Category Archives: tom kerridge

Creamy butternut squash pasta bake


I’ve never been fond of Macaroni Cheese, I’m not sure why, but this dish has never appealed to me, but after mooching through Tom Kerridge’s book, A Fresh Start, I saw this recipe for Creamy Butternut Squash pasta bake. I like butternut squash, so I thought I would give it a go.



575 calories per serving

  • 1kg butternut squash, cut into chunks (about 2 cm)
  • 1 tbsp olive oil
  • 500g macaroni
  • Sea salt and fresh ground black pepper

For the cheese sauce

  • 60g butter
  • 60g plain flour
  • 1 litre whole milk
  • 60g Parmesan, finely grated
  • 1/4 tsp freshly grated nutmeg

For the topping

  • A handful of sage leaves
  • 40g sun-blushed tomatoes, roughly chopped
  • 50g fresh breadcrumbs
  • 2 tbsp pumpkin oil (or use olive oil)
  • 2 tbsp pumpkin seeds

How did I get on?

The first thing that needed to be done was to cut the butternut squash into chunks. So for that, I called upon my husband, or rather my husband volunteered as he didn’t want to see me chop my fingers off!  Here’s how he got on:

After he had cut up the butternut squash, not quite as fast as in the video, we put it on a roasting tray, drizzled it with olive oil and seasoned with salt and pepper, where it cooked on the top shelf for 25 minutes at 220ºC/Gas 7.

Once it was cooked and cooled, then comes my favourite part, you put three quarters into a blender and blitz it together.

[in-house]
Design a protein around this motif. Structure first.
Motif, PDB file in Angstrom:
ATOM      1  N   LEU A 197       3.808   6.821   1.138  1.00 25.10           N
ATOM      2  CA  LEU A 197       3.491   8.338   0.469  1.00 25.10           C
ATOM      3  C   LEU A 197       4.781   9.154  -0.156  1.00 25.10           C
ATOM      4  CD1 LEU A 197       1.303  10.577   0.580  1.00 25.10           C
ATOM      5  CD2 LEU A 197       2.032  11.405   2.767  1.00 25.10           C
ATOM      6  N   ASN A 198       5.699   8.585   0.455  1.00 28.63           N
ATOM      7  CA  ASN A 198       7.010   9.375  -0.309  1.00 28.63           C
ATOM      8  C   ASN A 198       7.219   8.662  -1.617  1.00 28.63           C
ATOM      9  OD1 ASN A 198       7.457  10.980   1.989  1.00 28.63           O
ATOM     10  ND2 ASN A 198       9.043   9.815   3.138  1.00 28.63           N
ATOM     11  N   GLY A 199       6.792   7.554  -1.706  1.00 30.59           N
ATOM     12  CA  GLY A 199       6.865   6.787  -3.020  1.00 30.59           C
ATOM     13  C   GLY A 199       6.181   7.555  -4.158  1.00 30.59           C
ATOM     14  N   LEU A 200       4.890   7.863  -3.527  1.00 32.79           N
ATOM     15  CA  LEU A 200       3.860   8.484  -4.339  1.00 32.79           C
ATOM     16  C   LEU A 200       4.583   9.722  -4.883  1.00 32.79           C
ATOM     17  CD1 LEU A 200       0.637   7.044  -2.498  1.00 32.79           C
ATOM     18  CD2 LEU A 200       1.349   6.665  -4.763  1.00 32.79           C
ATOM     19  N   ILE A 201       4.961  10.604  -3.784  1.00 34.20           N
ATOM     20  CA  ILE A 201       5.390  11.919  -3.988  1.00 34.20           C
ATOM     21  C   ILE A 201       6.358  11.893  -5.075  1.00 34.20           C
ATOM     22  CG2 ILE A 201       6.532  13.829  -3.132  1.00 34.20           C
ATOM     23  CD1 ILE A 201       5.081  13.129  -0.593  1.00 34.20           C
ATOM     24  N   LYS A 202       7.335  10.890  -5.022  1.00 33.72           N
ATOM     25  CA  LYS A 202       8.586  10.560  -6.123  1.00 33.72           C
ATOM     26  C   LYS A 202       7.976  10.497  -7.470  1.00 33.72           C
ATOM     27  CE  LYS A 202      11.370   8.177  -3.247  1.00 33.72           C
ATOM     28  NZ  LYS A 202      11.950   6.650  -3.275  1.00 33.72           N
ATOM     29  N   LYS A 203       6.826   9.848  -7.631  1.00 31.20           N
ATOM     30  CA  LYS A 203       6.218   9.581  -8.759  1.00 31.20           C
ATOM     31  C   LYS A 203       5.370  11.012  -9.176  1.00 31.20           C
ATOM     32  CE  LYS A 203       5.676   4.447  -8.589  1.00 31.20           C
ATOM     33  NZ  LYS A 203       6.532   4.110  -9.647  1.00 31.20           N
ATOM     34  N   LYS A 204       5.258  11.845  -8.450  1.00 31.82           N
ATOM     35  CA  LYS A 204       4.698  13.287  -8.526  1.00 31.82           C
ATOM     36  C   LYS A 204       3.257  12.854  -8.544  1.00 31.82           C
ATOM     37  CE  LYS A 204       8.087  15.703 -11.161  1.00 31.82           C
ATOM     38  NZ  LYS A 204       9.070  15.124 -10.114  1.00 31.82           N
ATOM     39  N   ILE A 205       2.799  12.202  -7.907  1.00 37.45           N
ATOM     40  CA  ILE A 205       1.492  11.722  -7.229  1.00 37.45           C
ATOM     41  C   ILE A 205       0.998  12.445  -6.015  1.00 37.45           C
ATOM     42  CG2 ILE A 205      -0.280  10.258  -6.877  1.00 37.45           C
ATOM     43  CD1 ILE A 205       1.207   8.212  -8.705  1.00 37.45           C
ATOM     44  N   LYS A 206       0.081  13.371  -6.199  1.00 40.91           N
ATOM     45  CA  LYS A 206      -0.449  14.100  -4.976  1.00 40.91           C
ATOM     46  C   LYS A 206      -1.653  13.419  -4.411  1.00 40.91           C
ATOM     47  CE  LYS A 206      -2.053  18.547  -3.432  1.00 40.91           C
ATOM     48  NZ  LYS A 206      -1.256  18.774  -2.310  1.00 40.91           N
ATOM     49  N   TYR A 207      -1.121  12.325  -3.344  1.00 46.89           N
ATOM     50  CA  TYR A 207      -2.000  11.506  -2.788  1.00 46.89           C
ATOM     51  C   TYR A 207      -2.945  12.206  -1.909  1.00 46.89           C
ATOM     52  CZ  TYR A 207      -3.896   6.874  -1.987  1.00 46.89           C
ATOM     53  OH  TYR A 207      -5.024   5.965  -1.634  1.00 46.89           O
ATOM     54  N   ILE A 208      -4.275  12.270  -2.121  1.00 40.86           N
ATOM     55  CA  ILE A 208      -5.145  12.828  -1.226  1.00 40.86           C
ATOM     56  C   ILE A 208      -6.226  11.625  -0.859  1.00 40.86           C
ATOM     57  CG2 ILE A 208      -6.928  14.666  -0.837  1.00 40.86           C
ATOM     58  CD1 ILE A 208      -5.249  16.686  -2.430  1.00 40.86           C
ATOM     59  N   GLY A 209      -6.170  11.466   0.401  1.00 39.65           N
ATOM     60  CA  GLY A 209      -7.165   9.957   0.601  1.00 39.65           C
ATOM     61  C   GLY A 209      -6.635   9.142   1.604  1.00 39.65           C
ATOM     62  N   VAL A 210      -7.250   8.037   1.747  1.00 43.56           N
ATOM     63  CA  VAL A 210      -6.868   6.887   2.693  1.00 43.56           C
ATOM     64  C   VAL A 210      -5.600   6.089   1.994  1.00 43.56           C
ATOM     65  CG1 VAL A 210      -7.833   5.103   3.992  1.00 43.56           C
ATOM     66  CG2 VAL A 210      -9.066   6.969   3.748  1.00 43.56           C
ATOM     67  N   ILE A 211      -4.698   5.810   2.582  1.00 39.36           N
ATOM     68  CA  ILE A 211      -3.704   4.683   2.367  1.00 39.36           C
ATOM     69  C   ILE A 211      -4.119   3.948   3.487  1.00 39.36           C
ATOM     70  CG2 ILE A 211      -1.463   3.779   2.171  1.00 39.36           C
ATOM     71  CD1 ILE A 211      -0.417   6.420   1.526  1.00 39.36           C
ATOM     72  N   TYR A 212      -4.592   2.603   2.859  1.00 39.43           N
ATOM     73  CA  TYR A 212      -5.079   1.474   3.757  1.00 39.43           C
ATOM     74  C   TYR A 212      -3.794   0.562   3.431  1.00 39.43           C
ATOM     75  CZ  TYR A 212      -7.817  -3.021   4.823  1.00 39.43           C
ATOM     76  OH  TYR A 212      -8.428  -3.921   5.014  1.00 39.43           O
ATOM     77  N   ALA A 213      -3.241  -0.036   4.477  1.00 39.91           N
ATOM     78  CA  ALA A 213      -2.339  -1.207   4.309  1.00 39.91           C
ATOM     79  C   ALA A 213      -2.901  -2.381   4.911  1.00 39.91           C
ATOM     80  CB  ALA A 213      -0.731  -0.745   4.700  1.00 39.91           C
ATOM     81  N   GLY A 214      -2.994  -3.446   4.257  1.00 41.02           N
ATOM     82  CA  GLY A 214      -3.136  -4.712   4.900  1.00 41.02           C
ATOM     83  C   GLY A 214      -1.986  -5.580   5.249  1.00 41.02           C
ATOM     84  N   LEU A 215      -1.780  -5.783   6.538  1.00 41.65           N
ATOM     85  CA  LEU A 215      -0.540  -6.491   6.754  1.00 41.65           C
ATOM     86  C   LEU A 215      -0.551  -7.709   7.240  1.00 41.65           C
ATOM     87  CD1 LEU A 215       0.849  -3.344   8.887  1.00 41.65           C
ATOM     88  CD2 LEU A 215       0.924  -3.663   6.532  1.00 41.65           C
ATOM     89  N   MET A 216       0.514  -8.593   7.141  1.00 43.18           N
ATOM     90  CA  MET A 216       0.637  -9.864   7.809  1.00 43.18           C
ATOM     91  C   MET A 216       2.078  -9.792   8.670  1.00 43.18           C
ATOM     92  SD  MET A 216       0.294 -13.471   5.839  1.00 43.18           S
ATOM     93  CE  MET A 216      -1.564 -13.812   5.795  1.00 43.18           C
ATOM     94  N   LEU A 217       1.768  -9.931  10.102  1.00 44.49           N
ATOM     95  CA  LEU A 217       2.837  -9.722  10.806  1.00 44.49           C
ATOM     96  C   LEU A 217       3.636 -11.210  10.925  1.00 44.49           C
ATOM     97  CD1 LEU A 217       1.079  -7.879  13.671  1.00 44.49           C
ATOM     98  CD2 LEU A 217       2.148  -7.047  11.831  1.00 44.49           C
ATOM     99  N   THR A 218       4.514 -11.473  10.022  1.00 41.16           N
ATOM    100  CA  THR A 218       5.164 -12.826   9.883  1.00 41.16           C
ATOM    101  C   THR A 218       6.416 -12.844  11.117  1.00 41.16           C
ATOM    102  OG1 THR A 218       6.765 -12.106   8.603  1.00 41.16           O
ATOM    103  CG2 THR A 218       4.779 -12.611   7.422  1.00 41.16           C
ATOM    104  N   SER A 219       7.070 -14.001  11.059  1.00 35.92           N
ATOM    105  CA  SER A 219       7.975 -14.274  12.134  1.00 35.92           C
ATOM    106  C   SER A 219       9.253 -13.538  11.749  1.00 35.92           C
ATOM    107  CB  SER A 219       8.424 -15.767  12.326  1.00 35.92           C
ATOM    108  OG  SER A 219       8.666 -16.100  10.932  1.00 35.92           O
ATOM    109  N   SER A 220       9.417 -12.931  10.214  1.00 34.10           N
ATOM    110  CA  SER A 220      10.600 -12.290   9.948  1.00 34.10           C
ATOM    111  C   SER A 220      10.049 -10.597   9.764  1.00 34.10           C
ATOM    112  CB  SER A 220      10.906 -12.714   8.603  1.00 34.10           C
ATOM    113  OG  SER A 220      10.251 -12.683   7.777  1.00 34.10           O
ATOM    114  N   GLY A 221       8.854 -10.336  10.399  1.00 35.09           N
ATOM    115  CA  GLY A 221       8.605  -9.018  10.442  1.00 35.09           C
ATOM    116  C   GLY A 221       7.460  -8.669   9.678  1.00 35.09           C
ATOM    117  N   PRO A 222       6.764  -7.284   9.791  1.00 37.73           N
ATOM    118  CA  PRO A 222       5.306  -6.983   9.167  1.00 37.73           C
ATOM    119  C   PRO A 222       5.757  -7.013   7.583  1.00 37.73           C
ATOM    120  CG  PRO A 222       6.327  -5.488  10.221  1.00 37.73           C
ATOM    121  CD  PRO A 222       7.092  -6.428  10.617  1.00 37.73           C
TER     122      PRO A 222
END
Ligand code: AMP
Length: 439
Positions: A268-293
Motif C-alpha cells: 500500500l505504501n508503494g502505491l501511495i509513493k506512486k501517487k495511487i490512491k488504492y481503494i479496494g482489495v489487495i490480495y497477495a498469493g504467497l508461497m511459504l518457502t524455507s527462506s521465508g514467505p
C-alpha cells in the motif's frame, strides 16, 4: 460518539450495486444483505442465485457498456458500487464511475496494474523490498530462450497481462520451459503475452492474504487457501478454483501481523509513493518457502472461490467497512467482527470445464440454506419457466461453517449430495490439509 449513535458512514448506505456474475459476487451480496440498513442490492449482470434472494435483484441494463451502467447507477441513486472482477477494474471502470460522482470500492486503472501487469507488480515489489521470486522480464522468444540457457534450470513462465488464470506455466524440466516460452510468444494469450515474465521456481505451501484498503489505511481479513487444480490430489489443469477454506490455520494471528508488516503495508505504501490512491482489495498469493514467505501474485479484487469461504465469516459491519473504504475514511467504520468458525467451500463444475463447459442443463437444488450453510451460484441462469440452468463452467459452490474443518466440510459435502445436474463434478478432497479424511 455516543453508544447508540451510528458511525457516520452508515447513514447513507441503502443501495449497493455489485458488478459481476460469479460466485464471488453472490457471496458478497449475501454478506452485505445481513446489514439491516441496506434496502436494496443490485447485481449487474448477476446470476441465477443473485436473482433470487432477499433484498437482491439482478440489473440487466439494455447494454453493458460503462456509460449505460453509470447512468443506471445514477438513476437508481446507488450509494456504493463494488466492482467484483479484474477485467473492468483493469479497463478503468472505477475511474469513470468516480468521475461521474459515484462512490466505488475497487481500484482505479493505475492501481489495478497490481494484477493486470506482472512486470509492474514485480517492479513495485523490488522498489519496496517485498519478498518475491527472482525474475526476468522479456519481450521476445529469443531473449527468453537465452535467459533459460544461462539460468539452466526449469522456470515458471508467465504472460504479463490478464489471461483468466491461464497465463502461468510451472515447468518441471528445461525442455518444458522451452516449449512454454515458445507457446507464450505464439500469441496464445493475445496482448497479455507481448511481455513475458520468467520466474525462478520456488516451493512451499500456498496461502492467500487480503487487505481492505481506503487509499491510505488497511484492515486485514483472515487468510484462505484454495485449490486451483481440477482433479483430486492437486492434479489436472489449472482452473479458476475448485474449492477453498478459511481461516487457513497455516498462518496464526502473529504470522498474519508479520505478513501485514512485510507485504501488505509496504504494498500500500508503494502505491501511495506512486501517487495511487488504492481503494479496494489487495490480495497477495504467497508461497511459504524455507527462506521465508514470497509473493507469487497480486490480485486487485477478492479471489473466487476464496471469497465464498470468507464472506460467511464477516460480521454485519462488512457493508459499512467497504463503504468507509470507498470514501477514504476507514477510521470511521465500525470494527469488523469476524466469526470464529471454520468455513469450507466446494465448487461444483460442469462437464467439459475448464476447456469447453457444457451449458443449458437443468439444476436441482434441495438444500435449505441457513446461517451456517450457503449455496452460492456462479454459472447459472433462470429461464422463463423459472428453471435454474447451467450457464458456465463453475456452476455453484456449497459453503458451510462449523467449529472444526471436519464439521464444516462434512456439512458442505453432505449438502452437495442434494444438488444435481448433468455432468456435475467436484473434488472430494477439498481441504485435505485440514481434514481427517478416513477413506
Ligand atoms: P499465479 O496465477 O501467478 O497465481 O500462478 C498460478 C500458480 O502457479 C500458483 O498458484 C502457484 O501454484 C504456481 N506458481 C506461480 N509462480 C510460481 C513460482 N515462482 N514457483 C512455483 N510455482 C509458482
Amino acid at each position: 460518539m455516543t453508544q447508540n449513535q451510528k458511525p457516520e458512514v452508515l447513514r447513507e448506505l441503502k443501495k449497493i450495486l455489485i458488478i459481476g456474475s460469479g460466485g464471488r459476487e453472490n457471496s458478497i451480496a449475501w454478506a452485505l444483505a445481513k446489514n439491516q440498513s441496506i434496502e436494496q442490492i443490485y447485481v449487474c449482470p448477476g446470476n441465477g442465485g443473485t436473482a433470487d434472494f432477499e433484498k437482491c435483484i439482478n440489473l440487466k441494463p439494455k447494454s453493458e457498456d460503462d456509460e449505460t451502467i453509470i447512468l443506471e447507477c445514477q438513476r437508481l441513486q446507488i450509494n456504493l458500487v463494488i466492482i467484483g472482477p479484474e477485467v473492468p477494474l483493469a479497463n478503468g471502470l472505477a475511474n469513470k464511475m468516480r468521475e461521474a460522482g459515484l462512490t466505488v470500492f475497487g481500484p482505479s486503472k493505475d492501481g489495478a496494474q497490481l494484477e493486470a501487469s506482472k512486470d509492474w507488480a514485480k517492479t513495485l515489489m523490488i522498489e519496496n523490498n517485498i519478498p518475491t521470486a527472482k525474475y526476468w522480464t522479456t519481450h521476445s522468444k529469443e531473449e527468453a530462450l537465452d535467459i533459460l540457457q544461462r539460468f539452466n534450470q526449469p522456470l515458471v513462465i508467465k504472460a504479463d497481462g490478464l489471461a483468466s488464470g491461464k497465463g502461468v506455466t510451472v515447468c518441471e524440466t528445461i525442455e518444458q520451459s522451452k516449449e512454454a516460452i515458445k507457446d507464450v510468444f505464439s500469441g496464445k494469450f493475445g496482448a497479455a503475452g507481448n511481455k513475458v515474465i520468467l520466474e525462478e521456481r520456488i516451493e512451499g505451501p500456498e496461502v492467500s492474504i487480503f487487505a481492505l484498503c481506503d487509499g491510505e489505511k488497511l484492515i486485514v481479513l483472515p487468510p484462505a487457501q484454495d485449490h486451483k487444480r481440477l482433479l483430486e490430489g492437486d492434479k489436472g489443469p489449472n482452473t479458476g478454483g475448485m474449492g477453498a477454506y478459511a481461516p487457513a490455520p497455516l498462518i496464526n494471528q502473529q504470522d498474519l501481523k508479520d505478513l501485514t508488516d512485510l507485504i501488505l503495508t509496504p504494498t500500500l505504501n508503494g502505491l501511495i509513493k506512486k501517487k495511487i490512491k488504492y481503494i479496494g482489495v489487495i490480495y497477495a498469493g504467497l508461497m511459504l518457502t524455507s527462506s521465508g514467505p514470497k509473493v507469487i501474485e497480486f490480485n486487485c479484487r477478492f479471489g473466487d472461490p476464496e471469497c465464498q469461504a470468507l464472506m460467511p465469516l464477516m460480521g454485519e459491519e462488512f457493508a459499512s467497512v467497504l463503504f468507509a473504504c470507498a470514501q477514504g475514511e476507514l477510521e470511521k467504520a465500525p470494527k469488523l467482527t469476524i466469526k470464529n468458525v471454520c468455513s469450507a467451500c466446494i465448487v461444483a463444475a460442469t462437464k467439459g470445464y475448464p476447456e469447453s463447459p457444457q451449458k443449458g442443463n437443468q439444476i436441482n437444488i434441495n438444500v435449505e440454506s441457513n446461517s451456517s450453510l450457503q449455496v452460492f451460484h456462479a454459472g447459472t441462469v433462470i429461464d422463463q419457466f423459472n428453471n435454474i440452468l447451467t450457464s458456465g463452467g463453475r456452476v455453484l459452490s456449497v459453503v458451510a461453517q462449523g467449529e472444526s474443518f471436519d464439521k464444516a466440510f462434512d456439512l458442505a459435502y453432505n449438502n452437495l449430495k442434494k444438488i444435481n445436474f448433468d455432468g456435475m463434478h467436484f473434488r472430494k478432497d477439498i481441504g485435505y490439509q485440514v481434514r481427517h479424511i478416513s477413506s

Bring a large pan of salted water to the boil and cook the macaroni until al dente.

For the sauce, melt the better, add the floured stir for one minute. Then add the milk and whisk until it thickens slightly. Then add the Parmesan and nutmeg and stir until the cheese has melted. Grab your butternut squash puree and stir it through. That’s the most difficult part over with!


Drain the macaroni, add to the sauce and stir well. Tip into a deep baking dish and scatter over the rest of the butternut squash, sage, sun-blushed tomatoes and breadcrumbs. Drizzle with the oil.

This is placed in the middle shelf of the one, turning on the oven grill at the same time (I have to admit, I forgot to do this!).

Bake for ten minutes and then take out and scatter the pumpkins seeds evenly over the surface and return to the oven for a further five minutes.


The finished dish

This dish was very tasty, a change from your normal macaroni cheese dish. It wasn’t hard to prepare, the most tricky bit being the sauce. There wasn’t much preparation apart from the butternut squash, so once you had prepared and roasted this, the rest didn’t take very long at all.

This makes enough for six people, so if that’s too much, you can freeze it and just defrost it and put it in the oven for about 30 minutes.